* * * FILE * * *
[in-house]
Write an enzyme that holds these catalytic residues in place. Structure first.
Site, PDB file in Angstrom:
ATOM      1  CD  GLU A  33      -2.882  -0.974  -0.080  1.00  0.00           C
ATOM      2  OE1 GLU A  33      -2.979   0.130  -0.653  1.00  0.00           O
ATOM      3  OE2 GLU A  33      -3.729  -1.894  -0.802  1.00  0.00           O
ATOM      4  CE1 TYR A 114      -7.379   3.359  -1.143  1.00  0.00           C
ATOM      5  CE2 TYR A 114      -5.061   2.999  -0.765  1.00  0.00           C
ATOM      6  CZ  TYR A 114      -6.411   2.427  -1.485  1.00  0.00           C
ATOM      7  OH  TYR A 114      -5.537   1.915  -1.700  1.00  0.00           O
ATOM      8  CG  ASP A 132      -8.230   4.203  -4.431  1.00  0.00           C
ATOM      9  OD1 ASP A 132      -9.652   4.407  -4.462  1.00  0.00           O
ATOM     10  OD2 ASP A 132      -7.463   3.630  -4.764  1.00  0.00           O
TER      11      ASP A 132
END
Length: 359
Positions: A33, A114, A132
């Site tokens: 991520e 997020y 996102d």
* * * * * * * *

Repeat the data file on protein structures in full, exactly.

[in-house]
Write an enzyme that holds these catalytic residues in place. Structure first.
Site, PDB file in Angstrom:
ATOM      1  CD  GLU A  33      -2.882  -0.974  -0.080  1.00  0.00           C
ATOM      2  OE1 GLU A  33      -2.979   0.130  -0.653  1.00  0.00           O
ATOM      3  OE2 GLU A  33      -3.729  -1.894  -0.802  1.00  0.00           O
ATOM      4  CE1 TYR A 114      -7.379   3.359  -1.143  1.00  0.00           C
ATOM      5  CE2 TYR A 114      -5.061   2.999  -0.765  1.00  0.00           C
ATOM      6  CZ  TYR A 114      -6.411   2.427  -1.485  1.00  0.00           C
ATOM      7  OH  TYR A 114      -5.537   1.915  -1.700  1.00  0.00           O
ATOM      8  CG  ASP A 132      -8.230   4.203  -4.431  1.00  0.00           C
ATOM      9  OD1 ASP A 132      -9.652   4.407  -4.462  1.00  0.00           O
ATOM     10  OD2 ASP A 132      -7.463   3.630  -4.764  1.00  0.00           O
TER      11      ASP A 132
END
Length: 359
Positions: A33, A114, A132
């Site tokens: 991520e 997020y 996102d």